As with all meat, letting your dogs come to room temp helps them cook evenly

It's just a general rule that allowing your meat to come to room temperature before cooking results in a more even cook. Yes, letting your hot dog come to room temperature before cooking isn't as big a deal as letting a larger piece of meat come to room temperature before cooking (the bigger the meat, the longer it takes to cook to a safe internal temperature, and the more likely you are to overcook the exterior while you wait for a cold interior to come up to the right temperature). However, if you're going to be cooking your hot dogs at a very high heat, like on a grill or in a preheated cast iron pan, it can still help to start the meat at room temperature to ensure that your exterior isn't charred before your interior heats up.

You don't have to leave them out for long. A half an hour will work. For food safety purposes, according to the U.S. Department of Agriculture, you definitely shouldn't leave hot dogs out for more than two hours or more than one hour if the temperature is higher than 90 degrees Fahrenheit. This rule applies to both cooked and uncooked hot dogs.

Hot dog vendors use dirty water to help achieve better flavor

One seriously underrated secret to the perfect hot dog bite? Dirty water. Have you ever watched street vendors pull their hot dogs from a vat of suspiciously colored liquid before plopping it on your bun? That's dirty water — and, no, it's not actually dirty. While it may not look it, this cooking liquid is totally safe and filled with flavor, making it a method you might want to replicate at home.

Dirty water will contain different ingredients depending on where you buy your hot dog. Common flavorings include red pepper, cumin, vinegar, onion, nutmeg, tomato sauce, or ketchup. Hot dogs sit in this mixture for up to an hour. And if you're still not quite sold on this cooking method for your hot dogs, maybe just take it from one of the culinary greats. The late Anthony Bourdain, a celebrated chef, author, and travel documentarian, recommends the dirty water hot dog as one of the top things to eat when visiting New York City.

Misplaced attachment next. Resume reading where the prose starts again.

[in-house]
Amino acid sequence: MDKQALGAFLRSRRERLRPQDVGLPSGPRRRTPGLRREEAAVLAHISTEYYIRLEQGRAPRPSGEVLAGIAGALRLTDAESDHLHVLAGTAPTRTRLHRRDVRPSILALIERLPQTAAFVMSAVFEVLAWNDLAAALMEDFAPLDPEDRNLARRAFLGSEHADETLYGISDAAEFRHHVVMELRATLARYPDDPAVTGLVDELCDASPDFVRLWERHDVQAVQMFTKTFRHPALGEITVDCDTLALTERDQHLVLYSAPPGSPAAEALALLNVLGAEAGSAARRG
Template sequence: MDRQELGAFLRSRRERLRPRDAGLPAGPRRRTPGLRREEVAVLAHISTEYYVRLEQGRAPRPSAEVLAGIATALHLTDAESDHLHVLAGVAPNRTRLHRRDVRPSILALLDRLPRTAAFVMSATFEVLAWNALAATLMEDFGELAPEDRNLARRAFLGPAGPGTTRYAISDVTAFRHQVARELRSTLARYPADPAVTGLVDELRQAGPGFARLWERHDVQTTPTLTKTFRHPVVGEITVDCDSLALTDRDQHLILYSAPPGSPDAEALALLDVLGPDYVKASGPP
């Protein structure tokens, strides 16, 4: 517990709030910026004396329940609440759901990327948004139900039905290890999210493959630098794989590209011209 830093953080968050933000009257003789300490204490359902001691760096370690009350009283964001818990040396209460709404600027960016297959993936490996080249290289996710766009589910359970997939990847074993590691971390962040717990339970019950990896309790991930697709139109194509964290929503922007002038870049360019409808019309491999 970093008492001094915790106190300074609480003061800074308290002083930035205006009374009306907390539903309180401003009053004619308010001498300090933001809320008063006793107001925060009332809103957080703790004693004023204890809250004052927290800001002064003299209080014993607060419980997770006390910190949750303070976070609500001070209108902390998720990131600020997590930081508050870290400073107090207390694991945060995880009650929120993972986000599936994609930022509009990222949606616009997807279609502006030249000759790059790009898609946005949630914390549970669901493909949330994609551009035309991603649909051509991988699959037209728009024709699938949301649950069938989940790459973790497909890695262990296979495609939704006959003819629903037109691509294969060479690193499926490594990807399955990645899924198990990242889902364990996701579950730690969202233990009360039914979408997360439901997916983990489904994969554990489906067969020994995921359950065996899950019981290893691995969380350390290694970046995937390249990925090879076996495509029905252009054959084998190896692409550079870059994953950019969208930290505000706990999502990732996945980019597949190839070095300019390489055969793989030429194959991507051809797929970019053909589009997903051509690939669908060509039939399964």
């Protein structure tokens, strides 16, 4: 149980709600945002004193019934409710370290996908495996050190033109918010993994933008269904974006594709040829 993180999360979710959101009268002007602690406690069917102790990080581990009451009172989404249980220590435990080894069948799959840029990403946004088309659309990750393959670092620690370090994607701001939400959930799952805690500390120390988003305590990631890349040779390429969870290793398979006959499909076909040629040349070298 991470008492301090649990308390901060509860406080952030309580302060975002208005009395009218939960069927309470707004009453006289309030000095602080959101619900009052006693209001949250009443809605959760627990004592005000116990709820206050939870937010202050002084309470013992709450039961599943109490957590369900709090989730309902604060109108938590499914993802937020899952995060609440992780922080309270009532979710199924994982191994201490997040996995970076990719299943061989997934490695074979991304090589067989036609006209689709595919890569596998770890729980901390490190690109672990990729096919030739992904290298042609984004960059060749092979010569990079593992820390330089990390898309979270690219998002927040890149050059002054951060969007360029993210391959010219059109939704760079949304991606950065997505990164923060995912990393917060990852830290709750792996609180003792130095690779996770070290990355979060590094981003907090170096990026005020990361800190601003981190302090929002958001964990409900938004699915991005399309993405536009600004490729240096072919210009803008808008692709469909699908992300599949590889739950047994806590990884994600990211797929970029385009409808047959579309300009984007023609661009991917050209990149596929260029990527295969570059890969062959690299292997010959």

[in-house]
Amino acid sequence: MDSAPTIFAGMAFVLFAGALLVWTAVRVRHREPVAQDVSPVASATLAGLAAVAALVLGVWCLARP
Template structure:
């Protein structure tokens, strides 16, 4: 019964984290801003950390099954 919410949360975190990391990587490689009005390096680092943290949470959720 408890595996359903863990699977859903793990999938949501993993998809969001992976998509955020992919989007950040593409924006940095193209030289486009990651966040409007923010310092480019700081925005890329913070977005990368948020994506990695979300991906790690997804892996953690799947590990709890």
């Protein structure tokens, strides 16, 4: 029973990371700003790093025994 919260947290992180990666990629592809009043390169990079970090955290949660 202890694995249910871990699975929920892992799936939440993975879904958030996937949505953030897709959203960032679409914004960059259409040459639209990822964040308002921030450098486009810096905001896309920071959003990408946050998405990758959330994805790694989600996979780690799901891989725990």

Hot dogs can make your microwave spark

While there are some things you'll specifically want to do or look for in order to achieve the perfect hot dog bite, there are also a few things you'll want to avoid in order to achieve the perfect hot dog bite.

One of the cooking methods that is not recommended for a perfect hot dog bite? Microwaving. However, we're not telling you to stay clear of the microwave when cooking up a batch of dogs because the end result will be subpar (that's another issue). Instead, we're telling you to stay away from the microwave because hot dogs can actually make your microwave spark (the phenomenon may also occur when heating up carrots, peppers, and green beans). The U.S. Department of Agriculture notes that this is due to the unique mixtures of salt and additives in hot dogs. If this so-called arcing occurs, be sure to stop your microwave immediately and use a different cooking method, the federal agency advises.

You can steam your buns in the same pot that you cook your hot dogs in

One thing that can really upgrade your next hot dog? Giving the bun a little attention. A steamed or toasted bun really takes your hot dog bite to the next level. However, if you don't want to spend extra time on this added chore, there's good news: You can steam your hot dog buns in the same pot that you cook your hot dogs in if you're boiling or braising them. Just use a steamer basket, and steam the buns while the hot dogs simmer.

Prefer your hot dog buns to be a little toasty and textured rather than fluffy and soft? Ball Park's Michael Roslen suggests an approach that's not uncommon when making a grilled cheese sandwich. He recommends home cooks "lightly spread [the hot dog bun] with your favorite mayonnaise and toast opening side-down on the grill." When making a grilled cheese with mayo, the mayonnaise adds flavor to the bread and channels the Maillard reaction to change the chemical makeup of the bread's exterior for a crispier finish. The condiment will do the same for your hot dog bun.